Dear Haijin, visitors and travelers,
Welcome at a new episode of our Haiku Kai were we are exploring Omar Khayyam's "The Rubaiyat" an anthology of quatrains he wrote during his life time. It's incredible that these beauties became known 100 years after his death. Until than no one knew about this artistic background of this great scholar.
Here at CDHK we are gathered all through that same art ... we are all poets, writers, photographers, painters, sculptors and haijin. In the quatrain for today it's all about "writing" and I will try to explain the background of this quatrain together with Bob Forrest, a connoisseur of Omar Khayyam. He wrote a verse to verse essay about "The Rubaiyat", a great source of knowledge which I have used this month. Next to his ideas I also have my own ideas about the meaning of the quatrains.
Let me give you the verse for today:
The Moving Finger writes; and, having writ,
Moves on: nor all thy Piety nor Wit
Shall lure it back to cancel half a Line,
Nor all thy Tears wash out a Word of it.
© Omar Khayyam (Tr. FitzGerald)
This is my idea about this quatrain's meaning: In this quatrain Omar praises the beauty of writing, but also the "dark side" of writing, because what is written can not be changed and can be explained in several ways. Isn't that what we are seeking for with our haiku? Writing it and hoping it will be great and don't needs revisions?
|Goose feather pen|
As you know I write my haiku mostly "impromptu", but I also have revised several haiku that I created, not because of tears that washed out the lines, but because I tried to make them better, maybe more complex, maybe to challenge myself to make the haiku more pure, more transparent, more satisfying. Recently I started to create haiku, the experimental way, to paint with a minimum of words. Sometimes I succeeded in that goal, but it isn't easy to "experiment" with haiku.
Let me go back to the idea of revision, as you maybe can remember Basho revised several of his haiku. There are several haiku by Basho known with the same scene in several versions. Maybe you can remember our CDHK month in which we followed in his footsteps ... We walked his "Narrow Road" with joy and the beauty of his haiku. "Narrow Road" however took Basho five years of revision before he was satisfied with it. So ... revising your haiku, tanka or other poem isn't a bad thing. It shows you as the poet who loves to create his / her poems. The poet cherishes the scene he / she loves to share, the poet becomes one with it. Finally the poem is ready ... your poem will whisper that to your heart.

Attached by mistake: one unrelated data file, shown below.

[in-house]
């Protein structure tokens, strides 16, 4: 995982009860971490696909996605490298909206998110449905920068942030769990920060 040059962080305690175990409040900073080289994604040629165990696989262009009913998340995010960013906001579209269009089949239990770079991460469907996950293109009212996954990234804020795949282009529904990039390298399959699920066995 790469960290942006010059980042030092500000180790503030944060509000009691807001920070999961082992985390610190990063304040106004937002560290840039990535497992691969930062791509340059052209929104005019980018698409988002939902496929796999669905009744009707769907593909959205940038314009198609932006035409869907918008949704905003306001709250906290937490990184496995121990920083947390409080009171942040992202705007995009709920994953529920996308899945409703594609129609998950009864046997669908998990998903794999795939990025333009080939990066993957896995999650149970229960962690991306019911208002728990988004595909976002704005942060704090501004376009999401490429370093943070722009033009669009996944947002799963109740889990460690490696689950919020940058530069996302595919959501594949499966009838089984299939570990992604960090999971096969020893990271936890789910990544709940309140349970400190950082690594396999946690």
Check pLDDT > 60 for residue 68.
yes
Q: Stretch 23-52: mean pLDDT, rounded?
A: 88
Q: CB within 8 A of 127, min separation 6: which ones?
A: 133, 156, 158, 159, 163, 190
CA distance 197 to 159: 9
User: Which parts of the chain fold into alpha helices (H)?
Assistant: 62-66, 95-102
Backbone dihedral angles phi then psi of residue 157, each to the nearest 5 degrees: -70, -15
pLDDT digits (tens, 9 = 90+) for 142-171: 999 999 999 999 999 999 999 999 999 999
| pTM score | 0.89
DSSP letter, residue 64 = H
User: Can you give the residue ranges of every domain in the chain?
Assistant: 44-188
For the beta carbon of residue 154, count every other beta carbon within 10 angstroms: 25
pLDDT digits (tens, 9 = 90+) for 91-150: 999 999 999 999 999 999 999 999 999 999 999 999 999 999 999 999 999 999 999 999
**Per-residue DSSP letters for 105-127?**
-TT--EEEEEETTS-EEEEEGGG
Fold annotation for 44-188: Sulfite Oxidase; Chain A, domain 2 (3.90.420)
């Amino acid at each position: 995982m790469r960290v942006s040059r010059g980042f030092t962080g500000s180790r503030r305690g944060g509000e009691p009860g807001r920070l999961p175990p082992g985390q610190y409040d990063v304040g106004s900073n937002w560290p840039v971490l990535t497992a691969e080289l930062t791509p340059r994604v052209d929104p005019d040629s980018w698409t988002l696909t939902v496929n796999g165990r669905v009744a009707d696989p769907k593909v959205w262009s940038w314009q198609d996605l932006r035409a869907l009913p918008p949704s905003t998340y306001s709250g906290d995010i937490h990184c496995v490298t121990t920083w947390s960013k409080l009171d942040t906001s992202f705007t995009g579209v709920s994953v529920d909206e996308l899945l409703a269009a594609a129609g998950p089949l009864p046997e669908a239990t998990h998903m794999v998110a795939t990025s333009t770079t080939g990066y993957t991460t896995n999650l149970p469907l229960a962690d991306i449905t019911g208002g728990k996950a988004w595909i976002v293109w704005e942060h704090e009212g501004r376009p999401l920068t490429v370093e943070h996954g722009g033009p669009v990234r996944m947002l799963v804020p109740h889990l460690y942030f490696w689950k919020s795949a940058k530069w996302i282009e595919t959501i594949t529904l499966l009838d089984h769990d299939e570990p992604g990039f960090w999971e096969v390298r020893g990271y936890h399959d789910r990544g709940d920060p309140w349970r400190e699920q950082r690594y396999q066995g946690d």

Okay ... back to the background of this quatrain.
Background: (source: bob forrest web)
The meaning is perfectly clear, and powerful in its expression, but why “the Moving Finger” as opposed to the moving Pen? Perhaps the intention is to portray something like a finger tracing out letters in the (shifting) Sands of Time? Or compare the famous Biblical episode of Belshazzar’s Feast in Daniel 5.5, in which “the fingers of a man’s hand” trace out the words MENE MENE TEKEL UPHARSIN (Daniel 5.25) on the wall. At any rate, a Pen does feature in the original Persian verses on which this verse is based. Heron Allen translated one original verse thus:
From the beginning was written what shall be;
Unhaltingly the Pen (writes) and is heedless of good and bad;
On the First Day He appointed everything that must be –
Our grief and our efforts are vain.
A.J.Arberry translated a similar original verse thus:
Nothing becomes different from what the Pen has once written,
and only a broken heart results from nursing grief;
though all your life through you swallow tears of blood
not one drop will be added to the existing score.
This verse is an excellent example of how FitzGerald takes ideas from Omar Khayyam, and then creates something new and powerful from them which at the same time preserves the essence of the original.
This quatrain, incidentally, became the subject of a sermon delivered by a Reverend E.F. Dinsmore, later published in the form of a booklet, The Moving Finger of Omar Khayyam (1909). Rev. Dinsmore approached the verse from a moralistic point of view, arguing that though one could not wash out the errors of the past, by leading a good Christian life one could minimise the errors of the future, and thus to some extent control the Moving Finger.
Dinsmore made a small booklet of his sermon and used the following illustration by Vedder for its cover.
|The Moving Finger (by Rev. Dinsmore; cover)|
Writing ... is the most beautiful kind of art (in my opinion). I love writing ...
flow like a river
flow like a river
© Chèvrefeuille (experimental haiku)
Let your inspiration flow like the ink of a pen, like a finger writing in the sand ... be inspired.
This episode is NOW OPEN for your submissions and will remain open until November 29th at noon (CET). I will try to publish our new episode later on. For now ... have fun!
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